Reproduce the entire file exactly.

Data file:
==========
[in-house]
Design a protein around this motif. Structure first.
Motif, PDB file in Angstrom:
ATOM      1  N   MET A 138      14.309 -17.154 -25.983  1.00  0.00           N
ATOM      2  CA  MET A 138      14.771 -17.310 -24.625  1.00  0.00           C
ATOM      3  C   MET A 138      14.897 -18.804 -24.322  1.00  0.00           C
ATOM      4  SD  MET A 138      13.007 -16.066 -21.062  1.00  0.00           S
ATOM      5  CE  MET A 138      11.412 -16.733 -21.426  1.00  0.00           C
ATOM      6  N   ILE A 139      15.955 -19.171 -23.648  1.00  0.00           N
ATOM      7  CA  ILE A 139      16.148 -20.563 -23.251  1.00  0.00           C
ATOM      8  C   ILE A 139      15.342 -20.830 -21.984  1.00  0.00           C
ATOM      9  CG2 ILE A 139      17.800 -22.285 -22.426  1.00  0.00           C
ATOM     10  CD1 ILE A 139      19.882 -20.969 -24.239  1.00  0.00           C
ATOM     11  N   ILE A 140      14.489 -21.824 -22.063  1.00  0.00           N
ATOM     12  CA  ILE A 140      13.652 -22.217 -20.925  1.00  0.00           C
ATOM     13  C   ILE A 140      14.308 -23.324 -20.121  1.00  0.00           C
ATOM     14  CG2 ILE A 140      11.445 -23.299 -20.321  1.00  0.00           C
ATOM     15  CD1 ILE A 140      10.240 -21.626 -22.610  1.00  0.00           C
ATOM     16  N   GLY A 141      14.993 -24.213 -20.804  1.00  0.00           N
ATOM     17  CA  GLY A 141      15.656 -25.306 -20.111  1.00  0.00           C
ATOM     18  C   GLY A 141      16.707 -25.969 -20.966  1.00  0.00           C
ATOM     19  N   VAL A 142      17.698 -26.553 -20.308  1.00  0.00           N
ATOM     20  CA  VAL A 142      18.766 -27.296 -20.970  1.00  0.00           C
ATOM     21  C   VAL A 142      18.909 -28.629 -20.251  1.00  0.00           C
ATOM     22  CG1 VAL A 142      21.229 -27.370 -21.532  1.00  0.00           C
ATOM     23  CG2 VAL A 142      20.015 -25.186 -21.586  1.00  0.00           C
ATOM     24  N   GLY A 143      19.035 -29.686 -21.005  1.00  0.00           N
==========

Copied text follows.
[in-house]
Design a protein around this motif. Structure first.
Motif, PDB file in Angstrom:
ATOM      1  N   MET A 138      14.309 -17.154 -25.983  1.00  0.00           N
ATOM      2  CA  MET A 138      14.771 -17.310 -24.625  1.00  0.00           C
ATOM      3  C   MET A 138      14.897 -18.804 -24.322  1.00  0.00           C
ATOM      4  SD  MET A 138      13.007 -16.066 -21.062  1.00  0.00           S
ATOM      5  CE  MET A 138      11.412 -16.733 -21.426  1.00  0.00           C
ATOM      6  N   ILE A 139      15.955 -19.171 -23.648  1.00  0.00           N
ATOM      7  CA  ILE A 139      16.148 -20.563 -23.251  1.00  0.00           C
ATOM      8  C   ILE A 139      15.342 -20.830 -21.984  1.00  0.00           C
ATOM      9  CG2 ILE A 139      17.800 -22.285 -22.426  1.00  0.00           C
ATOM     10  CD1 ILE A 139      19.882 -20.969 -24.239  1.00  0.00           C
ATOM     11  N   ILE A 140      14.489 -21.824 -22.063  1.00  0.00           N
ATOM     12  CA  ILE A 140      13.652 -22.217 -20.925  1.00  0.00           C
ATOM     13  C   ILE A 140      14.308 -23.324 -20.121  1.00  0.00           C
ATOM     14  CG2 ILE A 140      11.445 -23.299 -20.321  1.00  0.00           C
ATOM     15  CD1 ILE A 140      10.240 -21.626 -22.610  1.00  0.00           C
ATOM     16  N   GLY A 141      14.993 -24.213 -20.804  1.00  0.00           N
ATOM     17  CA  GLY A 141      15.656 -25.306 -20.111  1.00  0.00           C
ATOM     18  C   GLY A 141      16.707 -25.969 -20.966  1.00  0.00           C
ATOM     19  N   VAL A 142      17.698 -26.553 -20.308  1.00  0.00           N
ATOM     20  CA  VAL A 142      18.766 -27.296 -20.970  1.00  0.00           C
ATOM     21  C   VAL A 142      18.909 -28.629 -20.251  1.00  0.00           C
ATOM     22  CG1 VAL A 142      21.229 -27.370 -21.532  1.00  0.00           C
ATOM     23  CG2 VAL A 142      20.015 -25.186 -21.586  1.00  0.00           C
ATOM     24  N   GLY A 143      19.035 -29.686 -21.005  1.00  0.00           N